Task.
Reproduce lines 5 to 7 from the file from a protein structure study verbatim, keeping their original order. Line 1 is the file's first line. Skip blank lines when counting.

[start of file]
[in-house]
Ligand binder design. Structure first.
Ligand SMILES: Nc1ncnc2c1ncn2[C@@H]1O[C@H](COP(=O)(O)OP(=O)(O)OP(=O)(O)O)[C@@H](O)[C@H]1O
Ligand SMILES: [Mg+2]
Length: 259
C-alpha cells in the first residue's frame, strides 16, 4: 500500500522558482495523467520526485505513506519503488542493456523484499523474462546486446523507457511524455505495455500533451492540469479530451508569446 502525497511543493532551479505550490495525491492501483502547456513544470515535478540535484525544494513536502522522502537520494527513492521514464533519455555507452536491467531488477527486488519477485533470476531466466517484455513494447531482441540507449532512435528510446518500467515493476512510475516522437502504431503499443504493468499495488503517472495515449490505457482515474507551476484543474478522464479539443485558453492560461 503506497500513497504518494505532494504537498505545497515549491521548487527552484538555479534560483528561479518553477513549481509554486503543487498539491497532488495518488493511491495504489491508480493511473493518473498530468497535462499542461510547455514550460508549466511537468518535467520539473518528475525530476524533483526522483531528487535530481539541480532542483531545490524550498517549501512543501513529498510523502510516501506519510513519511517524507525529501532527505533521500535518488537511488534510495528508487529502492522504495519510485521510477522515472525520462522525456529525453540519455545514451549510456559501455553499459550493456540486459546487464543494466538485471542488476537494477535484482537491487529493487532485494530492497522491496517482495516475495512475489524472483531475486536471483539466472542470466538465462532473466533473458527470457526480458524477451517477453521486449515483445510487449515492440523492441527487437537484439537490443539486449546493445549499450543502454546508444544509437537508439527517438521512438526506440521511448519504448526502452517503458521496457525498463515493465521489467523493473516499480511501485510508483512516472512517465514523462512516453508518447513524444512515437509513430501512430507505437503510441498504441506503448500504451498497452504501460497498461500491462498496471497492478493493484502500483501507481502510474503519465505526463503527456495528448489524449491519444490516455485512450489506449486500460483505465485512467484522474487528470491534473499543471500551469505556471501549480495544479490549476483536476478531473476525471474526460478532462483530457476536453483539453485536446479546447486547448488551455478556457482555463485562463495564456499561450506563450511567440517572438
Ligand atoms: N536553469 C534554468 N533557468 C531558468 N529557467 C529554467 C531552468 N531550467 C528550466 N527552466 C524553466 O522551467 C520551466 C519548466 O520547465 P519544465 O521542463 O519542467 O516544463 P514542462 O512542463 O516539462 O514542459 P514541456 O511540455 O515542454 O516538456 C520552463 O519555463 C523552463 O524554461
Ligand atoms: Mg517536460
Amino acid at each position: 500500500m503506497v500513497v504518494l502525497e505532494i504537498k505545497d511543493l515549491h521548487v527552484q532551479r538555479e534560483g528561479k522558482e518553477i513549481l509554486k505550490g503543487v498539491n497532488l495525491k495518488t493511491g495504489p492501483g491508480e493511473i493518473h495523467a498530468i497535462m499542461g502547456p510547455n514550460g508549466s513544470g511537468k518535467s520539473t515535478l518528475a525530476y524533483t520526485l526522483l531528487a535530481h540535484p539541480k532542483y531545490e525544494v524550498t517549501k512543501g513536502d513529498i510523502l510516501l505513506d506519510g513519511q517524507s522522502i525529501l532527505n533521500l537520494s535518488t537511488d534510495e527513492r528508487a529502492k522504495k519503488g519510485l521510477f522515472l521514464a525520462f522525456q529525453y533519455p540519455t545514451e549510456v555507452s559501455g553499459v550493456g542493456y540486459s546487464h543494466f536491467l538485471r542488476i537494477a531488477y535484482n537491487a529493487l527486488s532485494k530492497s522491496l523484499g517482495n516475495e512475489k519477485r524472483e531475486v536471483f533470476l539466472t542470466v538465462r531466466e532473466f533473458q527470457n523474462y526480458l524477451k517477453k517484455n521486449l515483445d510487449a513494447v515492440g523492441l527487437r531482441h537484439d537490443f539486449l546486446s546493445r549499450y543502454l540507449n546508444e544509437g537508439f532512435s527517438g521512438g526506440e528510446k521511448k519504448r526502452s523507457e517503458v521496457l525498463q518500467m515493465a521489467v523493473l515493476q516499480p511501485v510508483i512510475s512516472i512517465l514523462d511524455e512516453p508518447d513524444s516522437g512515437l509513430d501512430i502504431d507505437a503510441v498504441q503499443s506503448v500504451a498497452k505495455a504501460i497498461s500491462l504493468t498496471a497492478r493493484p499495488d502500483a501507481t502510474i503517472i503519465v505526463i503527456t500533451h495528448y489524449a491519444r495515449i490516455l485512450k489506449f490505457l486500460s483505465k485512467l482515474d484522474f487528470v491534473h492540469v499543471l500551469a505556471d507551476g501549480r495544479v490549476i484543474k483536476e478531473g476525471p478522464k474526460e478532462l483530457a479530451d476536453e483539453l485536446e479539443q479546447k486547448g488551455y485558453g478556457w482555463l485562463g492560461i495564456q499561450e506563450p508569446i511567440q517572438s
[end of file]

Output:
Length: 259
C-alpha cells in the first residue's frame, strides 16, 4: 500500500522558482495523467520526485505513506519503488542493456523484499523474462546486446523507457511524455505495455500533451492540469479530451508569446 502525497511543493532551479505550490495525491492501483502547456513544470515535478540535484525544494513536502522522502537520494527513492521514464533519455555507452536491467531488477527486488519477485533470476531466466517484455513494447531482441540507449532512435528510446518500467515493476512510475516522437502504431503499443504493468499495488503517472495515449490505457482515474507551476484543474478522464479539443485558453492560461 503506497500513497504518494505532494504537498505545497515549491521548487527552484538555479534560483528561479518553477513549481509554486503543487498539491497532488495518488493511491495504489491508480493511473493518473498530468497535462499542461510547455514550460508549466511537468518535467520539473518528475525530476524533483526522483531528487535530481539541480532542483531545490524550498517549501512543501513529498510523502510516501506519510513519511517524507525529501532527505533521500535518488537511488534510495528508487529502492522504495519510485521510477522515472525520462522525456529525453540519455545514451549510456559501455553499459550493456540486459546487464543494466538485471542488476537494477535484482537491487529493487532485494530492497522491496517482495516475495512475489524472483531475486536471483539466472542470466538465462532473466533473458527470457526480458524477451517477453521486449515483445510487449515492440523492441527487437537484439537490443539486449546493445549499450543502454546508444544509437537508439527517438521512438526506440521511448519504448526502452517503458521496457525498463515493465521489467523493473516499480511501485510508483512516472512517465514523462512516453508518447513524444512515437509513430501512430507505437503510441498504441506503448500504451498497452504501460497498461500491462498496471497492478493493484502500483501507481502510474503519465505526463503527456495528448489524449491519444490516455485512450489506449486500460483505465485512467484522474487528470491534473499543471500551469505556471501549480495544479490549476483536476478531473476525471474526460478532462483530457476536453483539453485536446479546447486547448488551455478556457482555463485562463495564456499561450506563450511567440517572438
Ligand atoms: N536553469 C534554468 N533557468 C531558468 N529557467 C529554467 C531552468 N531550467 C528550466 N527552466 C524553466 O522551467 C520551466 C519548466 O520547465 P519544465 O521542463 O519542467 O516544463 P514542462 O512542463 O516539462 O514542459 P514541456 O511540455 O515542454 O516538456 C520552463 O519555463 C523552463 O524554461